Question: filtering reads that are uniquely mapped
1
gravatar for Florian Bernard
15 months ago by
Florian Bernard60 wrote:

I think I have some problems with the definition of 'primary' alignments versus secondary alignments..

I'm writing a little script that loops trough the records in a .sam file to returns a dataframe with the read name as index and some informations on the read in the other columns (chr, start position, end position, etc). And then it's used for some downstream analysis.

However, I quickly noticed some strange behavior in my results and then realized I often had duplicated index: same read name but different informations in the other columns. I thought it was because I was parsing both primary and secondary alignments but filtering out secondary alignments (using samtools/pysam) didn't fix the problem.

Here's a little snippet I wrote to see what was going on.. and the reads are all primary.

file = pysam.AlignmentFile('chr1_run1.sam', "r")

primary=0
secondary =0

for i in file:
    if i.is_secondary == True:
        secondary += 1
    if i.is_secondary == False:
        primary += 1

print("primary={} and secondary={}".format(primary,secondary))
>>> primary=375139 and secondary=0

But as you can see below, I actually have 5K reads who have at least one duplicate :

file = pysam.AlignmentFile('chr1_run1.sam', "r")

names = set()
count = 0

for i in file:
    count += 1
    names.add(i.query_name)

print(count-len(names))
>>>> 5113

So, back to the initial question: how come a primary aligned read can produce two records when I loop trough the .sam file and how could I get rid of those duplicates ? Working with pandas, I know I can easily get rid of duplicated index but then I'm afraid to get rid of valuable information... I'd like to keep the 'best one' but I'm not even sure there is a way to tell (if it even makes sense at all to consider that one might be better than the other).

So far, I'm not able to distinguish between these cases:

  • 1 read is more representative than the other -> keep one, get rid of the other
  • both reads are equally representative of a biological reality -> keep both, rename one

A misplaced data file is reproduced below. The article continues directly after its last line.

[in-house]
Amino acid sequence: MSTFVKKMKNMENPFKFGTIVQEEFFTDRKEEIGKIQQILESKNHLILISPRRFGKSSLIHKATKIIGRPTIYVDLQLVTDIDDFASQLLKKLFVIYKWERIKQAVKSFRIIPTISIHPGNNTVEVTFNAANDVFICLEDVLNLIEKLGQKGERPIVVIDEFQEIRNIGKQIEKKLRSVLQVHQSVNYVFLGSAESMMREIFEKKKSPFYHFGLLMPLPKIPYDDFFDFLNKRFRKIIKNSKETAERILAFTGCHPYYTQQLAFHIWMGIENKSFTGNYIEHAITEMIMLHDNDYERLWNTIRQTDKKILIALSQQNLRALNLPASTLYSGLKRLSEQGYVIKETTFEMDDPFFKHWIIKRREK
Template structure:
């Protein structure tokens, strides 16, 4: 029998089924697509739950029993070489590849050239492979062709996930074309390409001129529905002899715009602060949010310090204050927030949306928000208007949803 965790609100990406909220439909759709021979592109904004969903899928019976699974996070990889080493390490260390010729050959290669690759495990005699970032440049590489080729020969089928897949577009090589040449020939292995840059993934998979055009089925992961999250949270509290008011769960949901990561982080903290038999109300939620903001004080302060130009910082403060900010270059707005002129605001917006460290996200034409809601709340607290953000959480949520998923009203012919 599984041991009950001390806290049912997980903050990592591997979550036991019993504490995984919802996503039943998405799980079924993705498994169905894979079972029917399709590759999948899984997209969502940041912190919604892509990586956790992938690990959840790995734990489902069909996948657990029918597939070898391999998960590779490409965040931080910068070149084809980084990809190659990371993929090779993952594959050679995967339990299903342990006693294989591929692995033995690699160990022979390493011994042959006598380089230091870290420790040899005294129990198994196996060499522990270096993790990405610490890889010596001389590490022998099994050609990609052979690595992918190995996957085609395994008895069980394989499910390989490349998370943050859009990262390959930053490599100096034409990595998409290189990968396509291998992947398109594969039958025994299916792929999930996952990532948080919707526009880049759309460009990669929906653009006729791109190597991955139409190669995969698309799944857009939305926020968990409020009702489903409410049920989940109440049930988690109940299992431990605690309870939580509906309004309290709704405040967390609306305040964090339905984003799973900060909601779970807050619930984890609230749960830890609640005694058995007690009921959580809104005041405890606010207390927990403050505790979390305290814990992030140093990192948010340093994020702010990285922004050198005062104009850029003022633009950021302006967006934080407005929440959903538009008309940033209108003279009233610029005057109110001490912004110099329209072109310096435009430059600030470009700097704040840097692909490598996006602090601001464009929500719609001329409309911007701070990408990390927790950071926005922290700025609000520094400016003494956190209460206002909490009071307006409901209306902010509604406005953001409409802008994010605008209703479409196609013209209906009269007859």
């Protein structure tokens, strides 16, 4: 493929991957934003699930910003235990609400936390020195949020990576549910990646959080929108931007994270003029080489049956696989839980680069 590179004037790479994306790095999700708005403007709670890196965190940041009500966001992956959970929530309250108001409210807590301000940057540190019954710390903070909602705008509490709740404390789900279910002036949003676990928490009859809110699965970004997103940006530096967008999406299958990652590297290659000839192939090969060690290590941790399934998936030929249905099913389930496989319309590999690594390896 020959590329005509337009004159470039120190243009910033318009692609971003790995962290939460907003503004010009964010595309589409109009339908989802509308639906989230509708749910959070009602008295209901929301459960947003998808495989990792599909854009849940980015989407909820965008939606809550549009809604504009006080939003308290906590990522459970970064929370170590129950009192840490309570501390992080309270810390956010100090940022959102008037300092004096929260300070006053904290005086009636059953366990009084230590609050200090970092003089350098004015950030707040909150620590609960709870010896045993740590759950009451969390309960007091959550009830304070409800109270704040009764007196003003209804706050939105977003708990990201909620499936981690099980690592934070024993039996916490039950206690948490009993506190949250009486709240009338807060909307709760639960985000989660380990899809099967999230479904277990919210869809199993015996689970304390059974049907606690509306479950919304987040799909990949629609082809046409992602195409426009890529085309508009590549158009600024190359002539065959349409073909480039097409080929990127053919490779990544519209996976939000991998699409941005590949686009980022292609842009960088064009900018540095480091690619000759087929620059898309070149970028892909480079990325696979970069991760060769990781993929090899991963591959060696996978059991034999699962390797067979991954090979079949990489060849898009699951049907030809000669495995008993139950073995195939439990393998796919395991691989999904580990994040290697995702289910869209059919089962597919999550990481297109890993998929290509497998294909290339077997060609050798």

• both reads are not representative of a biological reality -> get rid of both

Does anyone have any advice on how I should process ?

rna-seq samtools alignment python • 1.1k views
ADD COMMENTlink modified 15 months ago by finswimmer13k • written 15 months ago by Florian Bernard60
1

Hello florian.bernard5,

checking if the flag for secondary alignments is set, doesn't mean that it is a primary alignment if the return value is False. It then can be a supplementary alignment which produces multiple entries for the same read or it could be unmapped.

fin swimmer

ADD REPLYlink written 15 months ago by finswimmer13k

Ok, so I changed my code to check the status of my reads:

file = pysam.AlignmentFile('chr1_run1.sam', "r")
supplementary =0
secondary =0
unmapped =0

for i in file:
    if i.is_secondary == True:
        secondary += 1
    if i.is_supplementary == True:
        supplementary += 1
    if i.is_unmapped == True:
        unmapped += 1

print("secondary={} \nsupplementary={} \nunmapped={} ".format(secondary, supplementary, unmapped))
>>>> secondary=0 
>>>> supplementary=7134 
>>>> unmapped=0

You were right, I do have supplementary reads.. Though, it's not 5k reads (as I was somehow expecting, based on the number of duplicates) but 7K reads. So that means a read can be flagged as supplementary but not have a primary alignment ? Is it wise to totally discard secondary, supplementary, unmapped, etc and just keep working with primary reads or is it really dependent on the alignment and the way it flags reads ? I mean, is there a general consensus/guideline on how to process those reads ?

ADD REPLYlink written 15 months ago by Florian Bernard60

How did you map the files? Could you show some example alignments?

ADD REPLYlink written 15 months ago by h.mon28k

Do you mean you wanna see some records of the .sam file ? Or the command I used to get the alignment ? Thanks.

ADD REPLYlink written 15 months ago by Florian Bernard60

Both.

ADD REPLYlink written 15 months ago by h.mon28k

I'm working with long reads generated by nanopore technology (1D library - mRNAs amplified by RT-PCR).

I used minimap2 for the alignment : ./minimap2 –ax splice –k14 -uf reference.fa reads.fastq > reads.sam

Being long reads I can't really post a very useful example of my samfile cause then I exceed the character limit but here's one record: